I am sure that most teachers recognise that in every class or group there is a “tipping point”. This occurs when the majority of the students are keen to learn and to work well with one another and any who are less willing and cooperative become side-lined and a minor irritation to their peers, rather than ringleaders.
As a young teacher in a state school many decades ago, I experienced this transformational process with a tricky year 9 (then third form) class. This same phenomenon can be seen in the wider world.
Just imagine that instead of the media and politicians constantly referring to the minority of students who do not behave well, who have limited literacy and numeracy skills and low aspirations, they celebrated the achievements and attitudes of the vast majority of students who are committed to their education, work hard, aim high and achieve well.
How long would it take to make the public realise that there is much good going on in schools and that the current generation of young people have much to recommend them? The same is true of teachers – good news seems of little interest; failing or lazy teachers, those who break child protection laws, these attract vast amounts of media time and space.
But the majority of teachers in this country work extremely hard, are incredibly committed to their students and passionate about what they teach. They work long hours and yet are always ready to go the extra mile for charity events or offering individual support and advice to their students. Similarly, most schools are doing a good job, but it is the ones who aren’t that are always highlighted and discussed.
Within most of our schools, particularly those in towns or cities, be they state or independent, young people work happily alongside their peers from a variety of different ethnic, cultural and social backgrounds. They are not racist, homophobic or such like, but global citizens who are open to new experiences and ideas. Yet a whole panoply of monitoring processes has been set up to focus on the small minority who may be prejudiced, followed by punitive measures against any school found wanting, rather than expending resources on supporting schools and communities to promote harmony.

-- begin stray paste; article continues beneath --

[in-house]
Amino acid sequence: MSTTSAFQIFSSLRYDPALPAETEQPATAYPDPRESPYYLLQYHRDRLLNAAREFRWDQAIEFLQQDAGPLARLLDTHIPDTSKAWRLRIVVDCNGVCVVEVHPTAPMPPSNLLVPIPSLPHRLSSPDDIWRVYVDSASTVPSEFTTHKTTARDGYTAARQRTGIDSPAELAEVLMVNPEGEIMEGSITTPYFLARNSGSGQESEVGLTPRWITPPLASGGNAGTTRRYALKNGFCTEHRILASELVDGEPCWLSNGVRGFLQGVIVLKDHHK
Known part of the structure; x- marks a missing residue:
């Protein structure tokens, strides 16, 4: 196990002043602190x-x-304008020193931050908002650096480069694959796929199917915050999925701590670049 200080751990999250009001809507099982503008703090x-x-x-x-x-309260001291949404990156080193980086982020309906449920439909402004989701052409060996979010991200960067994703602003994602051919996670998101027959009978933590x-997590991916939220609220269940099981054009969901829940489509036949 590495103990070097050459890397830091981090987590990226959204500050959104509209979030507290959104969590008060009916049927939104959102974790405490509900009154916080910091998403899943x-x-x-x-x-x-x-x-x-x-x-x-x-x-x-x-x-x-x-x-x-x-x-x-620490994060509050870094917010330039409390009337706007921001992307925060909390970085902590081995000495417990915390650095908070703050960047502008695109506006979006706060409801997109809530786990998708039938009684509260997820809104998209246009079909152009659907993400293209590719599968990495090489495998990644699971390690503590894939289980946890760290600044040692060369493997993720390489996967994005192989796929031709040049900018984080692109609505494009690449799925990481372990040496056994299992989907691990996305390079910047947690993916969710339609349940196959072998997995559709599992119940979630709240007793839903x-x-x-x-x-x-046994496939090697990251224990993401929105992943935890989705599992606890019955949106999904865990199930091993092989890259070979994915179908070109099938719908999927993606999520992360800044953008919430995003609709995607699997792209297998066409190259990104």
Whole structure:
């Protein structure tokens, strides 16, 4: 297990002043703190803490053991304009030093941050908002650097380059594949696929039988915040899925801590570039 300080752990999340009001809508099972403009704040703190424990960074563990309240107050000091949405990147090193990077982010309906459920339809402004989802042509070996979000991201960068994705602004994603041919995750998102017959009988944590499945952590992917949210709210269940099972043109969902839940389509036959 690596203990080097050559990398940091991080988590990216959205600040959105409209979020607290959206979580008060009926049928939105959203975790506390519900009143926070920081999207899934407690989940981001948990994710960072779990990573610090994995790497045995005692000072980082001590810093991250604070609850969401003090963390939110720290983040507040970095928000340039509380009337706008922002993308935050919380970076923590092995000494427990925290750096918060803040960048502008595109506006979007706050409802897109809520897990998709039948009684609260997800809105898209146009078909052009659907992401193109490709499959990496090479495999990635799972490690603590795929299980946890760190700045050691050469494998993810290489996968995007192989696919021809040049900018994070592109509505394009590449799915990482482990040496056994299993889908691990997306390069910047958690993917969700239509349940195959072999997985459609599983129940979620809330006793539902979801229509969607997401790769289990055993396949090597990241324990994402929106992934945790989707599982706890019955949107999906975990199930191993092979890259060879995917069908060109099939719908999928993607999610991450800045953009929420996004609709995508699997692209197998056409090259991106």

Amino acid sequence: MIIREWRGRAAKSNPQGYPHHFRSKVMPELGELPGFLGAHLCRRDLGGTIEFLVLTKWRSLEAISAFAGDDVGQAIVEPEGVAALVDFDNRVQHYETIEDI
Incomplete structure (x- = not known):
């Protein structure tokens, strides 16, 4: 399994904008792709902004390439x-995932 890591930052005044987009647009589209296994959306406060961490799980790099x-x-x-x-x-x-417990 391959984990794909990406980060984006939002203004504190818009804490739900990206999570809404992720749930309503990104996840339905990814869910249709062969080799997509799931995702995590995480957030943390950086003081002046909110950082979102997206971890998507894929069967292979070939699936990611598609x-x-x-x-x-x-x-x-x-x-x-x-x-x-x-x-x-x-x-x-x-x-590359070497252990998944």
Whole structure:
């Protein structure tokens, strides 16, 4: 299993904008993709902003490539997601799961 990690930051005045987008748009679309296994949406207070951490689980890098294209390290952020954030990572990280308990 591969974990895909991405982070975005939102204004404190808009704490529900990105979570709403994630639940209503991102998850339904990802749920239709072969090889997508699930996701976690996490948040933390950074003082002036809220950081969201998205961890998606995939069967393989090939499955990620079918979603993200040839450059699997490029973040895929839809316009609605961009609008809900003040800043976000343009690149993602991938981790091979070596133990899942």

Recently, we held our annual student-run multicultural evening. Families, including grandparents and toddlers, from Asian, African, South American, Caribbean, European, British and often mixed backgrounds, watched with pleasure as students sang songs and staged mini-plays in a variety of languages, played music from different cultures and performed dances and other routines. Many students were taking part in performances not from their own culture.
The event raised funds for a project in a Ugandan slum, with which one of our teachers is deeply involved. Our students regularly Skype the students at the school that we are supporting and we are helping them to set up a chicken farm to feed themselves and provide income, as well as sponsoring some teenage girls to undertake skills training rather than working on the streets and risking AIDS. Such activities go on in many schools – our young people really do care and want to make a difference.
I am not suggesting that we pretend that all is well with the world of young people and education and attempt to bury any bad news, but we need to restore the balance and regain a sense of proportion. The major parts of our education system, our schools, teachers and students are not broken and in need of rescue – we need to recognise that the balance is in their favour and those which are failing or in need of attention are only a small minority. Good news and success stories should become the norm and “horror stories” about young people and our schools should be recognised as aberrations. I can live in hope!
Marion Gibbs is head of James Allen’s Girls’ School in south London.